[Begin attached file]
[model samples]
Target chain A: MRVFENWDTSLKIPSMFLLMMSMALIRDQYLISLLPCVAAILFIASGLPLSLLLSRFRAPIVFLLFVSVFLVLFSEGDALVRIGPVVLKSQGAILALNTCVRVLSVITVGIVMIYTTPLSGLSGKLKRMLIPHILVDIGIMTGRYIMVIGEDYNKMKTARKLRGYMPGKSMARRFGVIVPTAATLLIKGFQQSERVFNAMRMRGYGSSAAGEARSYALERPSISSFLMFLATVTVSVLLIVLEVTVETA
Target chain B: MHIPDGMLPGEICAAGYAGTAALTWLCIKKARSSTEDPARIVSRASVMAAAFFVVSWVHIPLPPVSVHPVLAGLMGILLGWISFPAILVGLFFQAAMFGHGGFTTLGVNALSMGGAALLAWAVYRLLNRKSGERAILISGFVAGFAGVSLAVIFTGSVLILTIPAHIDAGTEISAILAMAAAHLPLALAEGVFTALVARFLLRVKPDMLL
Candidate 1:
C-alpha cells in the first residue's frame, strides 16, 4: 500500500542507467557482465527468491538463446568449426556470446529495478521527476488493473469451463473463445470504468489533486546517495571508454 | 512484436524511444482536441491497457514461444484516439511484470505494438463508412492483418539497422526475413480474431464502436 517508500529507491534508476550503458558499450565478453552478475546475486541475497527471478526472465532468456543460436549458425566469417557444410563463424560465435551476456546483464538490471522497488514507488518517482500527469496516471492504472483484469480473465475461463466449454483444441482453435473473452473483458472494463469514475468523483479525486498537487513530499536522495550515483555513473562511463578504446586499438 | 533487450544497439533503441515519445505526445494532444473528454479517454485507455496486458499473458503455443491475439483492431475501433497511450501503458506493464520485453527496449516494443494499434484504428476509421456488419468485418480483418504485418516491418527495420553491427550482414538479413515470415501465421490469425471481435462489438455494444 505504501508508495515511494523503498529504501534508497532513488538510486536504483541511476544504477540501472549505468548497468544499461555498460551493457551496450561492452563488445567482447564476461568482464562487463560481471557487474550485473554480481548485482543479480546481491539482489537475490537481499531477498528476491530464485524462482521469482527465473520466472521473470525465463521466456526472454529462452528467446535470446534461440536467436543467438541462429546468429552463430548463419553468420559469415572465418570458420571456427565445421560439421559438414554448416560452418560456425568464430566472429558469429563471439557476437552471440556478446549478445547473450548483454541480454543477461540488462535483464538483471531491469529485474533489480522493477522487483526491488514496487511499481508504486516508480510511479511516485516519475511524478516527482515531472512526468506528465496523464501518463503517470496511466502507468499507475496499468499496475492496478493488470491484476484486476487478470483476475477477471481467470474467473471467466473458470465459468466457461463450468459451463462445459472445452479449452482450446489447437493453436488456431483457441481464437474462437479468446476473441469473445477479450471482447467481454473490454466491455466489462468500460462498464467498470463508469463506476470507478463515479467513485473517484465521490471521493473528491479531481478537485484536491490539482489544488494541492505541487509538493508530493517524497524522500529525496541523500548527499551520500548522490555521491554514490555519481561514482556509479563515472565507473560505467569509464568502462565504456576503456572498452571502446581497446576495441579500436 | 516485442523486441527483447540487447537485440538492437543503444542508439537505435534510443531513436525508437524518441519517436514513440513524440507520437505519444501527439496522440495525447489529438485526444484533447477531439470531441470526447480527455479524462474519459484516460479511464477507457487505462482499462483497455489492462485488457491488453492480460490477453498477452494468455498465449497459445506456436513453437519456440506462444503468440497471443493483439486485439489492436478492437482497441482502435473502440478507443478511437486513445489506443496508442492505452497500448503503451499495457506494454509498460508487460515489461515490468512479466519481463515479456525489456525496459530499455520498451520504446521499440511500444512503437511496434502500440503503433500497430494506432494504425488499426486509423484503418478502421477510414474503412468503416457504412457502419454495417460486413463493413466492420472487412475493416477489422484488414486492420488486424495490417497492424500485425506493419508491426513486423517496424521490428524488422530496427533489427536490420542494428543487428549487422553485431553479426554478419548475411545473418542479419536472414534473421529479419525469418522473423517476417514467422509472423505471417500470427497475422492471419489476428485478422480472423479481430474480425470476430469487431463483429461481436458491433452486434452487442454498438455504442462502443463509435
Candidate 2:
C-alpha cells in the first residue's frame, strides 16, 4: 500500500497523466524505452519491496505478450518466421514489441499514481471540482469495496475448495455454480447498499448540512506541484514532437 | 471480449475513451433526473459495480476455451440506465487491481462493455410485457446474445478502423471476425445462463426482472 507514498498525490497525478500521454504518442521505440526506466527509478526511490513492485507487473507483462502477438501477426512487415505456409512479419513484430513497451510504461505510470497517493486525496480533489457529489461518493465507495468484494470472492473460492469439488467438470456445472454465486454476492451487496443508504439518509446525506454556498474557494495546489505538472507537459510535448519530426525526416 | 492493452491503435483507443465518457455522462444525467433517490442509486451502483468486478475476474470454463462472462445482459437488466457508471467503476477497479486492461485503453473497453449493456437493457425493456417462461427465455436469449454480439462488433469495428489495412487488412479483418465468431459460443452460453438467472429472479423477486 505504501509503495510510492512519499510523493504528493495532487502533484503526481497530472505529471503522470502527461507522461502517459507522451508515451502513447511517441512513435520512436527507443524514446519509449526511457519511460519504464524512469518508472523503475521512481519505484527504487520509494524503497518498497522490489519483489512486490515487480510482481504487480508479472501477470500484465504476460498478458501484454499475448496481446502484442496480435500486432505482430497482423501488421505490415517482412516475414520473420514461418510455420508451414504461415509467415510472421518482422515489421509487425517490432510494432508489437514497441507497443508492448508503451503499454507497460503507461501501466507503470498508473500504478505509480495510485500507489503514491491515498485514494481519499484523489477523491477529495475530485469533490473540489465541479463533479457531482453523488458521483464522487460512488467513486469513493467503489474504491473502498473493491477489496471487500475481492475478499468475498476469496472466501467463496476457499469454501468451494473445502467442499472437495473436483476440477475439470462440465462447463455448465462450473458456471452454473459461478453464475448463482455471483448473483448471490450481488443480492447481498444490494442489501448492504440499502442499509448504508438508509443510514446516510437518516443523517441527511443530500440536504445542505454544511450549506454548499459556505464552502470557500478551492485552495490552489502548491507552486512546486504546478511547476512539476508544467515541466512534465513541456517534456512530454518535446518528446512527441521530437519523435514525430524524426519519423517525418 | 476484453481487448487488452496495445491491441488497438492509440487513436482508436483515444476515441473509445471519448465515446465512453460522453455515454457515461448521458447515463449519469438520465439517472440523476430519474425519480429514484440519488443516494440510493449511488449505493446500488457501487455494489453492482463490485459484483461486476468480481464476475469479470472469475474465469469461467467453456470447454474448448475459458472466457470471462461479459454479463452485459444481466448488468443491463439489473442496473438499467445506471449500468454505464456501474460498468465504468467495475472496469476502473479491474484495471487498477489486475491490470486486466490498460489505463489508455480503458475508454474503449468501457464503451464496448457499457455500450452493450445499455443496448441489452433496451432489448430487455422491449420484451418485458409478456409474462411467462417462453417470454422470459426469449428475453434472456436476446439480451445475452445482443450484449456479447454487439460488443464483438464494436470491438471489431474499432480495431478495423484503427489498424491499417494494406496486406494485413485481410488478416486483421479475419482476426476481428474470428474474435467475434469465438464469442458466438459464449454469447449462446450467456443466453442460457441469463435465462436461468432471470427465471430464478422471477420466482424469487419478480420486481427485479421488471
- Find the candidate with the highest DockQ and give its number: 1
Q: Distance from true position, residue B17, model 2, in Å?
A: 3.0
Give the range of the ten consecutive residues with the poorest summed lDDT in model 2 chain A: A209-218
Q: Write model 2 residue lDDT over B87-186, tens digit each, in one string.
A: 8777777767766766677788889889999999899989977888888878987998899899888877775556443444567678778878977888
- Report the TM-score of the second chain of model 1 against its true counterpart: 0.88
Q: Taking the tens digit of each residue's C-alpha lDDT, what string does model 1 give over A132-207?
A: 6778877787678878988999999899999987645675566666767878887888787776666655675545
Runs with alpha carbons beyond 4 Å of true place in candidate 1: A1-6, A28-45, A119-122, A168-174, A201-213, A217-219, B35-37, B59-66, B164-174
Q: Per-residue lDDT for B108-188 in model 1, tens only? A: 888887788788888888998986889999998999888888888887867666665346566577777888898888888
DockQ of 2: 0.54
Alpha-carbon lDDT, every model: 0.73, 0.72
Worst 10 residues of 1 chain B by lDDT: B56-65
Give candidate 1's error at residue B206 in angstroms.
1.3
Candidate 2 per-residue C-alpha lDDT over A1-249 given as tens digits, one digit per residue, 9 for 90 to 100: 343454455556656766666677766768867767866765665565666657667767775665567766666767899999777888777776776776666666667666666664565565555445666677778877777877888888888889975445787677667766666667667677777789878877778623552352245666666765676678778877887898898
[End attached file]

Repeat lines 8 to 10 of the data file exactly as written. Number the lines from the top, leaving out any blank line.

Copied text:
- Find the candidate with the highest DockQ and give its number: 1
Q: Distance from true position, residue B17, model 2, in Å?
A: 3.0